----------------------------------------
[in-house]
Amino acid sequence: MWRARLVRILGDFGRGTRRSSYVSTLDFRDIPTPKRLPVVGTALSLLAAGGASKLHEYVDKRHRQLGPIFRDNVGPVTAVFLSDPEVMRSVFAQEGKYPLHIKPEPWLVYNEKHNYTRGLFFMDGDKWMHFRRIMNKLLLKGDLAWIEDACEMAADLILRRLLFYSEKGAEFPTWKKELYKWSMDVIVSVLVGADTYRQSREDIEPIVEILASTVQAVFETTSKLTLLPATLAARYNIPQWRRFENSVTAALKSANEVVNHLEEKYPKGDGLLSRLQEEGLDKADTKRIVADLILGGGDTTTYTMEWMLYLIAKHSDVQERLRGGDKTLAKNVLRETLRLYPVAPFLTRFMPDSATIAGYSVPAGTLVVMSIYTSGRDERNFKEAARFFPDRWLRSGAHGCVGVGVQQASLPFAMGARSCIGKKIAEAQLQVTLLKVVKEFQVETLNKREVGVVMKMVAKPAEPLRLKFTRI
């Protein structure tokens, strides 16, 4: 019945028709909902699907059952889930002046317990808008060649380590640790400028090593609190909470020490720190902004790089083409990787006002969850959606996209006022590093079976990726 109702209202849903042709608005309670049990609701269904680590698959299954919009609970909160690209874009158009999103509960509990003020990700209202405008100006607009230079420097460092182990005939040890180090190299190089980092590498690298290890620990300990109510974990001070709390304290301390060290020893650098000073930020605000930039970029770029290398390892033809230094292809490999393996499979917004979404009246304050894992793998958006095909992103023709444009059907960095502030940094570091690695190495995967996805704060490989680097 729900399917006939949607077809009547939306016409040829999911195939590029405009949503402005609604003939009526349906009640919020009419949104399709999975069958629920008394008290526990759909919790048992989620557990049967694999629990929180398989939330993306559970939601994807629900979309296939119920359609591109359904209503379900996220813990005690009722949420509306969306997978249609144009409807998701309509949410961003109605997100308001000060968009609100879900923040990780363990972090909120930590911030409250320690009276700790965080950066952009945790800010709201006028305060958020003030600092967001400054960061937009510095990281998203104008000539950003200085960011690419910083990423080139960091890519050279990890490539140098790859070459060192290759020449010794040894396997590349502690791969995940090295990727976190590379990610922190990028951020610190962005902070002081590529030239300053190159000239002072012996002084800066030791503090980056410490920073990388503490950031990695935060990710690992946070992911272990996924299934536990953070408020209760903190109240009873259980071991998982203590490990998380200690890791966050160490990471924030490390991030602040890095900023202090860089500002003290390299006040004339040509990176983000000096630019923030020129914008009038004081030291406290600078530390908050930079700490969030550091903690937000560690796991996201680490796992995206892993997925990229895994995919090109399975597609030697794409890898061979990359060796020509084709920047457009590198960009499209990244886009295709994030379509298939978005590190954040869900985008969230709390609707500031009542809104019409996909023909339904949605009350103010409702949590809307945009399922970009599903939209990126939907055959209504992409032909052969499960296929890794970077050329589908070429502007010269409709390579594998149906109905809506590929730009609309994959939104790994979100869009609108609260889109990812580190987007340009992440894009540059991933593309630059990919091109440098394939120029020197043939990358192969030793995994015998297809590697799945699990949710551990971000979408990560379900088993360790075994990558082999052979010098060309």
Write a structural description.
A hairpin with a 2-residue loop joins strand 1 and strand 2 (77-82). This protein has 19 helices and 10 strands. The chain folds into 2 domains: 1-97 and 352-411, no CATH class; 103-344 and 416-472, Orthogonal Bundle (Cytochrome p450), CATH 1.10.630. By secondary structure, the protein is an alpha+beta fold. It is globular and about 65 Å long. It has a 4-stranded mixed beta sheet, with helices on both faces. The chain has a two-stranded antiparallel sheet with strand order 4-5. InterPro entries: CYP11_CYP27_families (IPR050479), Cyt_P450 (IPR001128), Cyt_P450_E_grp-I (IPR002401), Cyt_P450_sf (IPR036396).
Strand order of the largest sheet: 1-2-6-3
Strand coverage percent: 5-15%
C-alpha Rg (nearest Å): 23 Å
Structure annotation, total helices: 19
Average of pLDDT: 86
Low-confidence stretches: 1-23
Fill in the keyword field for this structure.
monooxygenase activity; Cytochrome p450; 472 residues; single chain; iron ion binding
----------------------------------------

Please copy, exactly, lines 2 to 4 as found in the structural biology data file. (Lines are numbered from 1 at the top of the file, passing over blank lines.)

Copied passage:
Amino acid sequence: MWRARLVRILGDFGRGTRRSSYVSTLDFRDIPTPKRLPVVGTALSLLAAGGASKLHEYVDKRHRQLGPIFRDNVGPVTAVFLSDPEVMRSVFAQEGKYPLHIKPEPWLVYNEKHNYTRGLFFMDGDKWMHFRRIMNKLLLKGDLAWIEDACEMAADLILRRLLFYSEKGAEFPTWKKELYKWSMDVIVSVLVGADTYRQSREDIEPIVEILASTVQAVFETTSKLTLLPATLAARYNIPQWRRFENSVTAALKSANEVVNHLEEKYPKGDGLLSRLQEEGLDKADTKRIVADLILGGGDTTTYTMEWMLYLIAKHSDVQERLRGGDKTLAKNVLRETLRLYPVAPFLTRFMPDSATIAGYSVPAGTLVVMSIYTSGRDERNFKEAARFFPDRWLRSGAHGCVGVGVQQASLPFAMGARSCIGKKIAEAQLQVTLLKVVKEFQVETLNKREVGVVMKMVAKPAEPLRLKFTRI
């Protein structure tokens, strides 16, 4: 019945028709909902699907059952889930002046317990808008060649380590640790400028090593609190909470020490720190902004790089083409990787006002969850959606996209006022590093079976990726 109702209202849903042709608005309670049990609701269904680590698959299954919009609970909160690209874009158009999103509960509990003020990700209202405008100006607009230079420097460092182990005939040890180090190299190089980092590498690298290890620990300990109510974990001070709390304290301390060290020893650098000073930020605000930039970029770029290398390892033809230094292809490999393996499979917004979404009246304050894992793998958006095909992103023709444009059907960095502030940094570091690695190495995967996805704060490989680097 729900399917006939949607077809009547939306016409040829999911195939590029405009949503402005609604003939009526349906009640919020009419949104399709999975069958629920008394008290526990759909919790048992989620557990049967694999629990929180398989939330993306559970939601994807629900979309296939119920359609591109359904209503379900996220813990005690009722949420509306969306997978249609144009409807998701309509949410961003109605997100308001000060968009609100879900923040990780363990972090909120930590911030409250320690009276700790965080950066952009945790800010709201006028305060958020003030600092967001400054960061937009510095990281998203104008000539950003200085960011690419910083990423080139960091890519050279990890490539140098790859070459060192290759020449010794040894396997590349502690791969995940090295990727976190590379990610922190990028951020610190962005902070002081590529030239300053190159000239002072012996002084800066030791503090980056410490920073990388503490950031990695935060990710690992946070992911272990996924299934536990953070408020209760903190109240009873259980071991998982203590490990998380200690890791966050160490990471924030490390991030602040890095900023202090860089500002003290390299006040004339040509990176983000000096630019923030020129914008009038004081030291406290600078530390908050930079700490969030550091903690937000560690796991996201680490796992995206892993997925990229895994995919090109399975597609030697794409890898061979990359060796020509084709920047457009590198960009499209990244886009295709994030379509298939978005590190954040869900985008969230709390609707500031009542809104019409996909023909339904949605009350103010409702949590809307945009399922970009599903939209990126939907055959209504992409032909052969499960296929890794970077050329589908070429502007010269409709390579594998149906109905809506590929730009609309994959939104790994979100869009609108609260889109990812580190987007340009992440894009540059991933593309630059990919091109440098394939120029020197043939990358192969030793995994015998297809590697799945699990949710551990971000979408990560379900088993360790075994990558082999052979010098060309």
Write a structural description.